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Facts and Myths About Emergency Mass Notification Technology

Written by Ryan Strait

Before implementing a mass notification system, learn the truth about system functionality.

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For a technology that is as vital a component to public safety strategy as the mass notification system, it is critical to set the record straight on the myths and facts that surround the efficacy of such solutions. With the level of publicity that some mass communication miscommunications such as the Hawaii missile crisis recently received, public safety officers considering adopting a mass notification system owe it to themselves and their citizens to understand the critical differences between system limitations and process errors.

 Myth: Mass notification systems put citizens at risk because systems can inadvertently send test messages to the public.

Fact: Your mass notification system should include multiple confirmation steps, and with proper training, human error is avoidable.

According to the Governor of Hawaii and officials at the Hawaii Emergency Management Agency who commented on the missile warning message the state issued in error last, the message was sent during a twice-daily test that happens when employees switch shifts. It was reported that an employee accidentally selected a live alert, instead of a test alert. While Hawaiians were understandably flabbergasted that one simple keystroke could send such a detrimental and wide-spread notification, their system did include differentiated test and live warning environments and seemingly, a human error in system use resulted in widespread panic.

Today’s modern mass notification systems are designed to prevent such quick, inadvertent errors by prompting administrators to confirm their message and audience and clearly labeling the notification as live. The interface provides a preview message that allows administrators to see a key in both the test and live environments that indicate the message type, as well as the final drafted text before it is sent, as the last step, so that all information can be validated and confirmed.

Myth: Mass notification systems only allow you to reach subscribers.

Fact: When paired with the Federal Emergency Management Agency’s (FEMA) Integrated Public Alert and Warning System (IPAWS), public safety officers can reach non-subscribed residents and travelers through geo-targeted warning messages.
 
FEMA’s IPAWS provides critical reach to all citizens and travelers at risk of an imminent threat in their area. IPAWS leverages national emergency communication channels, such as the Emergency Alert System (EAS), wireless emergency alerts, NOAA weather radios, and public warning systems such as televisions, radios, sirens, and digital road signage. By choosing a mass notification system and solution provider capable of integrating your system with IPAWS, you can target those directly in the patch of danger, whether it be an active shooter event, an oncoming tornado, or a wildfire. In the most advanced cases, public safety personnel can choose to target their message by drawing a polygon shape on a map. The message will be sent via WEA messaging to any accessible device for anyone—subscribers or non, citizens or travelers—within the boundaries of the endangered area.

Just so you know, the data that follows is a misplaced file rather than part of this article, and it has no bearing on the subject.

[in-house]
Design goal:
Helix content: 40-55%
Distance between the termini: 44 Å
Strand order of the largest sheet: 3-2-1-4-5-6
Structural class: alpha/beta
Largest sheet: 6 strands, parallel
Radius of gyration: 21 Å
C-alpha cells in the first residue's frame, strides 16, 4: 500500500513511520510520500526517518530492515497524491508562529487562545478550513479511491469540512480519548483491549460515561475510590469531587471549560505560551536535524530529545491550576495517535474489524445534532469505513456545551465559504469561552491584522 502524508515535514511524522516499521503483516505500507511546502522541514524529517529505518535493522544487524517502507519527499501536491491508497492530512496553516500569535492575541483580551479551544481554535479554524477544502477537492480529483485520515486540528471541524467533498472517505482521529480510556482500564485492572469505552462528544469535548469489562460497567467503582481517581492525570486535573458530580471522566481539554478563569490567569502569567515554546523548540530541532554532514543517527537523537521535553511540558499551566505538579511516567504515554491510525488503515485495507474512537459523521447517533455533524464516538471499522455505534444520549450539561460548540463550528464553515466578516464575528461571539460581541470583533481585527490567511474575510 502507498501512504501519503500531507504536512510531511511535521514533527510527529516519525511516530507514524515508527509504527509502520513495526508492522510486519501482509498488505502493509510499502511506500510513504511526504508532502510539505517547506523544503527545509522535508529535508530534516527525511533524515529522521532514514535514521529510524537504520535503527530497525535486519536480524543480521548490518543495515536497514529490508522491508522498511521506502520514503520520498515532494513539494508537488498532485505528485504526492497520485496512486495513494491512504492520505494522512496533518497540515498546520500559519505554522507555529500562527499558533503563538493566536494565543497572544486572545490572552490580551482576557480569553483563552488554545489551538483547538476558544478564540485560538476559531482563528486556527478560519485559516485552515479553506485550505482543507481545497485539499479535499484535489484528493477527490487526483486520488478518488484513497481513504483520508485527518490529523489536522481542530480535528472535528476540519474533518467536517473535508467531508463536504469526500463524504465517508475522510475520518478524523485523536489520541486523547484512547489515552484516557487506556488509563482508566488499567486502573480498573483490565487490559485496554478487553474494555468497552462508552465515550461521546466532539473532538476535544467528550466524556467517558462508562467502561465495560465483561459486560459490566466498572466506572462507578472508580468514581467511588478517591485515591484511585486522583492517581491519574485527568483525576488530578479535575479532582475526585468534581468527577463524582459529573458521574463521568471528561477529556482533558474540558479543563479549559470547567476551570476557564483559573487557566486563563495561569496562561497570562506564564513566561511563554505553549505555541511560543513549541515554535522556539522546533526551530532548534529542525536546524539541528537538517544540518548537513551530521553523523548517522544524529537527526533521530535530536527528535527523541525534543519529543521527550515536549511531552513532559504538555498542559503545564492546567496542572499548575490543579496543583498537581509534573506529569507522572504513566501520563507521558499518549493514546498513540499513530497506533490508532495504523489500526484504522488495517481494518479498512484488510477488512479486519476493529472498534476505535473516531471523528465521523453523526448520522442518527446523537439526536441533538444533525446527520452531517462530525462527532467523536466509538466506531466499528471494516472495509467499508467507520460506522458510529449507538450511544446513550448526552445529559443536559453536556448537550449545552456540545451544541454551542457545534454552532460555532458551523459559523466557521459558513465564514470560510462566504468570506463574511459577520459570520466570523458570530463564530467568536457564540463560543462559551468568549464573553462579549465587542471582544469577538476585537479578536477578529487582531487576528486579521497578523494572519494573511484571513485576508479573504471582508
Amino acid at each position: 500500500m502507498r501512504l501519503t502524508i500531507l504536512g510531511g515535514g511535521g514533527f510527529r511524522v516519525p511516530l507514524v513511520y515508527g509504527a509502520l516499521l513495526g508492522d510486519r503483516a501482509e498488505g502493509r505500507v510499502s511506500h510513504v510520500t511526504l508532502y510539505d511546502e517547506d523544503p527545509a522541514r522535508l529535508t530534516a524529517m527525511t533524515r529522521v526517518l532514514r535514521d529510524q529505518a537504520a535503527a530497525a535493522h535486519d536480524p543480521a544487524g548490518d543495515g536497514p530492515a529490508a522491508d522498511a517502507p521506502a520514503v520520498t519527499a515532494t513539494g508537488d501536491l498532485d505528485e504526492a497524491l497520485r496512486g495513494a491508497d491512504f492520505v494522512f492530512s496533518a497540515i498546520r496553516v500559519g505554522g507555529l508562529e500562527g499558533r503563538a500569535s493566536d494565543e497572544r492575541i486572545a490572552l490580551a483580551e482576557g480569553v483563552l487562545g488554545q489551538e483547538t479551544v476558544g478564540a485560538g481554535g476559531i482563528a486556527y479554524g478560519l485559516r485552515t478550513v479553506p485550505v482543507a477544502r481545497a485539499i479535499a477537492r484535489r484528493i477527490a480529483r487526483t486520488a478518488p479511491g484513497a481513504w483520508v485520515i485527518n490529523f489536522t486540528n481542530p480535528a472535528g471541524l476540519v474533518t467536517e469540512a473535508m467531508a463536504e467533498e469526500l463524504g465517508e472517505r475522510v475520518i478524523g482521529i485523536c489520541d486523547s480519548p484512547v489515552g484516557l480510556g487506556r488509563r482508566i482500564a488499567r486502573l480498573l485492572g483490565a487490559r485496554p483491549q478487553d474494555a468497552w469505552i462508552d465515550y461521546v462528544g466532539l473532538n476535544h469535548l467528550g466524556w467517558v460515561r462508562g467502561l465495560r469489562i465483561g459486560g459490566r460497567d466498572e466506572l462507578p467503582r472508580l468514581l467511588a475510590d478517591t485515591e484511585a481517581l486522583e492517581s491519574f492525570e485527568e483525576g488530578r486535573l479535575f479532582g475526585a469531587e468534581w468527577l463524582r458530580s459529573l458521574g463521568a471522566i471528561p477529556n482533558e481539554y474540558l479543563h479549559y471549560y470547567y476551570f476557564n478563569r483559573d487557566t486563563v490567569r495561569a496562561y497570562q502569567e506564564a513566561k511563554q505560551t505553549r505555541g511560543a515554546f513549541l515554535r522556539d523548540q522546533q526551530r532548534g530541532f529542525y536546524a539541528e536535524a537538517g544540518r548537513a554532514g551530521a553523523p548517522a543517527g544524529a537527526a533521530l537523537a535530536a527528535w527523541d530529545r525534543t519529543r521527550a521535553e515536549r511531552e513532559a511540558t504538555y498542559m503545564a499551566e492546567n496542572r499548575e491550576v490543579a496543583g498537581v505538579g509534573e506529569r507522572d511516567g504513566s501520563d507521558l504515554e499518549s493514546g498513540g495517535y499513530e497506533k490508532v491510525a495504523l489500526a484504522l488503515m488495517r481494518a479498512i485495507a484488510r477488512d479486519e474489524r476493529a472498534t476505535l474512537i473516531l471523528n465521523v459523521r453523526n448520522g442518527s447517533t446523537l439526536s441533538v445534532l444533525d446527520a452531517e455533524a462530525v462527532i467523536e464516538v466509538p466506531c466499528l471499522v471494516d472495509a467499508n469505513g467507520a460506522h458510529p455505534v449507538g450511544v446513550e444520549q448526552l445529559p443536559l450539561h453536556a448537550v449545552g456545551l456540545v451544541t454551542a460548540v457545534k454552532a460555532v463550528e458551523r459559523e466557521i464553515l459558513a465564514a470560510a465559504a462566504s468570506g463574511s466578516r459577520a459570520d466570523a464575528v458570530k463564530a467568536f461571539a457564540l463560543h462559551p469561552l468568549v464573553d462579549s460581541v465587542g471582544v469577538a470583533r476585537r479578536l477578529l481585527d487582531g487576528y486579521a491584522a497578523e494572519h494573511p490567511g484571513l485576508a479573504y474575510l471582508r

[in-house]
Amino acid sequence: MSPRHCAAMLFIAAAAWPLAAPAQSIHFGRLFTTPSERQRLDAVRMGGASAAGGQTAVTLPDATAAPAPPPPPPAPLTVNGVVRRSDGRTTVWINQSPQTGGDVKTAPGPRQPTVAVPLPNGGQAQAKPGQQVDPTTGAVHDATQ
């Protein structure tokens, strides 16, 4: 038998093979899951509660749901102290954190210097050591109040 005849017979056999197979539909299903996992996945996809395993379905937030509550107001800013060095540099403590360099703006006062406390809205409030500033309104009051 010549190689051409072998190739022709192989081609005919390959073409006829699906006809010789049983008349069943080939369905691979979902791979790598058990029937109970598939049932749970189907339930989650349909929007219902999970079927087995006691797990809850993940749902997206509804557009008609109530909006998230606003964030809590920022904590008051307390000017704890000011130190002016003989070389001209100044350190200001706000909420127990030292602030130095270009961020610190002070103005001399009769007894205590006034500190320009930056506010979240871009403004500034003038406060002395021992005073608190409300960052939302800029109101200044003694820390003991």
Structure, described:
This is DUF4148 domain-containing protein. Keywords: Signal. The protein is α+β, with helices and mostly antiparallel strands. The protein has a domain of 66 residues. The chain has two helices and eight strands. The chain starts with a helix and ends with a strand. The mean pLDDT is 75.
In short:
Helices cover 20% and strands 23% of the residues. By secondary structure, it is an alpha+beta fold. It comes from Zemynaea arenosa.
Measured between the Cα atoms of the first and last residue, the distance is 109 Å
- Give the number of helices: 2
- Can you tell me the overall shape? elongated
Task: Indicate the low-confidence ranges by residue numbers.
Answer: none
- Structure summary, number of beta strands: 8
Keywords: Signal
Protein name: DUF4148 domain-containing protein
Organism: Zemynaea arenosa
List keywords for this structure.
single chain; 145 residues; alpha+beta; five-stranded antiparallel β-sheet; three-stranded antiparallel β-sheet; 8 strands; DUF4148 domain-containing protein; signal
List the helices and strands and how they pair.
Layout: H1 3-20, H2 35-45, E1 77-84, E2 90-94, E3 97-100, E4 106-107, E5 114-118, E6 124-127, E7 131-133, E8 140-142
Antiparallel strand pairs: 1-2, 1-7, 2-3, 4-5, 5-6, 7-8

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Myth: It takes too long to write and send a warning message using a mass notification system.

Fact: Today’s emergency mass notification systems enables quick, effective, multichannel, device agnostic message distribution which saves time over crafting and sending the message via multiple channels.

What outraged so many Hawaiians during the missile miscommunication crisis, was not the human error—it was the fact that it took 38 minutes for a correction to be issued using the same system. In retrospect, the system used by Hawaii represented an older system with more limited functionality and a less user-friendly interface. Public safety experts agree that if the interface that Hawaii’s emergency personnel used was more intuitive to use, such a message could have been sent in seconds—not 38 agonizing minutes.

Unlike older systems with less streamlined functionality, today’s high tech mass notification systems are designed to enable the quick creation and distribution of urgent communications by defining each step and field within the interface so that users do not have to reference training materials to create a manual notification. With an understanding that local governments face such threats as natural disasters, active shooters, and other risks, today’s systems are designed so that administrators can create, confirm, and send a message in seconds and send it to a variety of communication form factors, including text messages, social media accounts, and digital road signage. Compared to the time it would take to create and issue the same notification via an email distribution system, multiple social media platforms, a website content management system, a digital road signage system, and a voicemail alert system, the time-saved is exponential.

Conclusion

The nation as a whole is learning the capabilities of mass notification technology and how to leverage such solutions effectively and responsibly to improve citizen safety. By breaking down miscomprehensions about technology limitations, the hope is for local governments to feel enabled and comfortable identifying a solution that fits the needs for their community, which means they are better equipped to implement a strategy that can more effectively and proactively keep citizens safe and informed during a local emergency.

To learn more about CivicReady®, the CivicPlus® emergency and routine mass notification system designed exclusively for local governments, click below.

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